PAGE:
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    Tishah B’Av & Chanukah

    Echah EichahThere could hardly be a greater contrast than between Tishah B’Av and Chanukah – sadness and joy, subdued emotions and exuberant rejoicing, darkness and light.

    Not only is the mood different: so are the prayers.

    Yet a Tishah B’Av poem unwittingly suggests a new angle on Chanukah.

    Divide the word into two and you get chanu kah – “they encamped (or ceased fighting) on the 25th”, i.e. 25 Kislev. The letters k-h, with the numerical value of 25, can also be read koh, “Thus”.

    Which brings us to Tishah B’Av, when a piyyut offers a play on the word Echah, the Hebrew name of Jeremiah’s Book of Lamentations.

    The piyyut divides Echah into Ai Choh, literally, “Where is the ‘thus’?” Many Biblical promises begin with a “Thus” – e.g. “Thus shall your descendants be” (Gen. 15:5).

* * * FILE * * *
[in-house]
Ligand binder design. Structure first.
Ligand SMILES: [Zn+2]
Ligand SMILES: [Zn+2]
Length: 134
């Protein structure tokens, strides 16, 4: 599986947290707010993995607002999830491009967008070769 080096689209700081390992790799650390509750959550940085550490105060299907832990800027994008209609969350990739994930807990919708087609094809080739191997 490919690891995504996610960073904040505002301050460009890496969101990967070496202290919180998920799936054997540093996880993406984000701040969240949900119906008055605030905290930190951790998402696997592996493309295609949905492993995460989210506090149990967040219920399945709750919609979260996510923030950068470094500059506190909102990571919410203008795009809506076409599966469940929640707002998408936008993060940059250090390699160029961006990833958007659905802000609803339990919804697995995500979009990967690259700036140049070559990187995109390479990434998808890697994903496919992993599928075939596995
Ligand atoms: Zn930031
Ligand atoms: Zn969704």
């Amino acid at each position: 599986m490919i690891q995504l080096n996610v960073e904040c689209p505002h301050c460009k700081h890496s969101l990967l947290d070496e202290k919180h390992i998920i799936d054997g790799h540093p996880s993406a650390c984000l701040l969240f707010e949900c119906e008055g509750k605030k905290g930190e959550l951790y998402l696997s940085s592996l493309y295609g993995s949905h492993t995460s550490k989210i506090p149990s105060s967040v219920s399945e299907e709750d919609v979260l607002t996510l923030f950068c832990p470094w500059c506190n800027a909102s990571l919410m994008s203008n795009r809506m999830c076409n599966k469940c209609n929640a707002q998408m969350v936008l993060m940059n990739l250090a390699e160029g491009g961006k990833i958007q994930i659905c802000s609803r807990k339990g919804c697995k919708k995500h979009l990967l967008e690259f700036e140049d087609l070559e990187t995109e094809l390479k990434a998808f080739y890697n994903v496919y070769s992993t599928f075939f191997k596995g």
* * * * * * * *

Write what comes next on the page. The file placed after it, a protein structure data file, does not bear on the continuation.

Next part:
On Tishah B’Av the poet confronts God; the Temple is in ruins, the people are suffering – where are all the promises of blessing and prosperity?

    Let’s borrow the “Thus” approach and apply it to Chanukah.

    A novel play on words could suggest that the purpose of Chanukah is to bring about a further “Thus” – “Thus says the Lord”, which is another common Biblical phrase in the books of the prophets.

    The original Chanukah celebrated the return to the Temple on 25 Kislev. May it inspire us to strive further to hear the “Thus says the Lord” that will enable us to merit the rebuilding of the Temple in our days!

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